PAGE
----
Academy’s rules for best foreign language film submissions can be real
head-scratchers. Just by giving the decision-making
power to the countries of original they virtual guaranteed no dissident cinema
will ever be nominated. This year, Hong
Kong’s official submission was actually in local theaters before last year’s
submission, but the both met the official requirements. Regardless, Hong Kong has put forward a
number of excellent films in recent years, without getting any love from
Oscar. Following Johnnie To’s super-cool
Exiled, Alex Law’s exceptional Echoes of the Rainbow, and Ann Hui’s understated
but powerful A Simple Life, Hong Kong
has officially submitted To’s ripped-from-the-headlines Life Without Principle (trailer here), which is
already available on DVD.
is about to cause a lot of trouble for hard working Hong Kong residents on both
sides of the law. As the socialist
basket case threatens to drag down the world economy, it will leave a number of
people in precarious positions.
Inspector Cheung Jin-fong would not know anything about that. Like usual, he is working a case, but his
wife is about to enter into a dubious mortgage so they can purchase the
apartment of her dreams.
transaction will bring her to the office of Teresa, who is currently ranking dead
last amongst her fellow boiler room colleagues.
Aware her job is on the line, she sells a dodgy BRIC fund to an elderly
client, who really should have known better.
Teresa would really prefer to get her hands on some of the money loan
shark Yuen has in his account, but he is strictly a cash man.
it turns out, others have had this idea too.
When underworld investment banker Lung loses the wrong people’s money
during the ensuing financial panic, he and his low level Triad crony Panther
plot to rob Yuen after he makes a withdrawal.
Again, they are not the only ones with that idea.
Principle skips about
quite a bit, flashing forward and backward in time, while crisscrossing between
its various characters. Yet, To and his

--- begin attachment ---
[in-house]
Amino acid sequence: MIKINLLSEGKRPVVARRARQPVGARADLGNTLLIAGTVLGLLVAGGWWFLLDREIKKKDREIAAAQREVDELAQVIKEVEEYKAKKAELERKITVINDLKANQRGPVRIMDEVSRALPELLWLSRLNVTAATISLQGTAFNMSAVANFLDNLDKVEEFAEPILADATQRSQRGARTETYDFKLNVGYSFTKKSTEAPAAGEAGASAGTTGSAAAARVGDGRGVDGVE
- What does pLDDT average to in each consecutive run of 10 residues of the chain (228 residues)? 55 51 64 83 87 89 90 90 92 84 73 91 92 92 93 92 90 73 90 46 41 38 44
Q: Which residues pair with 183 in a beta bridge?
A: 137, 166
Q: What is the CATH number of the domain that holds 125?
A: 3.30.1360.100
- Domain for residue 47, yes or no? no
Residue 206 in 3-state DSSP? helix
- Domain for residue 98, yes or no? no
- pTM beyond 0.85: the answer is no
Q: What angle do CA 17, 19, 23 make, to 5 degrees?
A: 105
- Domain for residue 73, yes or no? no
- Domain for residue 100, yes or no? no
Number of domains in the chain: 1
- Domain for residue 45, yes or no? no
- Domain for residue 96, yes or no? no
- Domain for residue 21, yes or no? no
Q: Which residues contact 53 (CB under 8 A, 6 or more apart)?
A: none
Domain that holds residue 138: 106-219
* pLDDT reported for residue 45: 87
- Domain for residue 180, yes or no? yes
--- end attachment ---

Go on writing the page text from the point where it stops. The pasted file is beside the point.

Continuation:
regular editor David Richardson maintain narrative clarity throughout. Still, it is a bit of a slow starter, with
much of the first act devoted to making the financial sector look like venal
sharks. Frankly, if Teresa’s dear old sucker
is not suspicious after they make her watch several cautionary videos and sign
off on waiver after waiver, than you wonder how she navigates a big bad city
when the gangsterism intersects with the financial shenanigans, the picture
really begins to click. Here To is back
on familiar turf. Lau Ching-wan, Philip
Keung, and Lo Hoi-pang ham it up with gusto as the in-over-his-head Panther,
the sleazy Lung, and the even sleazier Yuen, respectively. J.J. Jia also has some memorable moments as
Lung’s femme fatale colleague, Ms. Ho. Yet,
though perfectly cast as the taciturn copper, Richie Jen (another To/Milky Way
team regular) is oddly short-changed on screen time throughout Principle.
is an entertaining film, but it does not pack the
same punch as Simple Life or Echoes.
On the other hand, its financial tsk-tsking might appeal more to Academy
voters. At least To’s international reputation
ought to earn it an attentive audience when it screens for the Academy’s
foreign language committee. Currently
streaming on Netflix, Life Without
Principle is a strong closer, definitely recommended for fans of HK film,
but just not as satisfying as To’s Exiled
Labels: 85th Academy Awards Foreign Language Submissions, Hong Kong Cinema, Johnnie To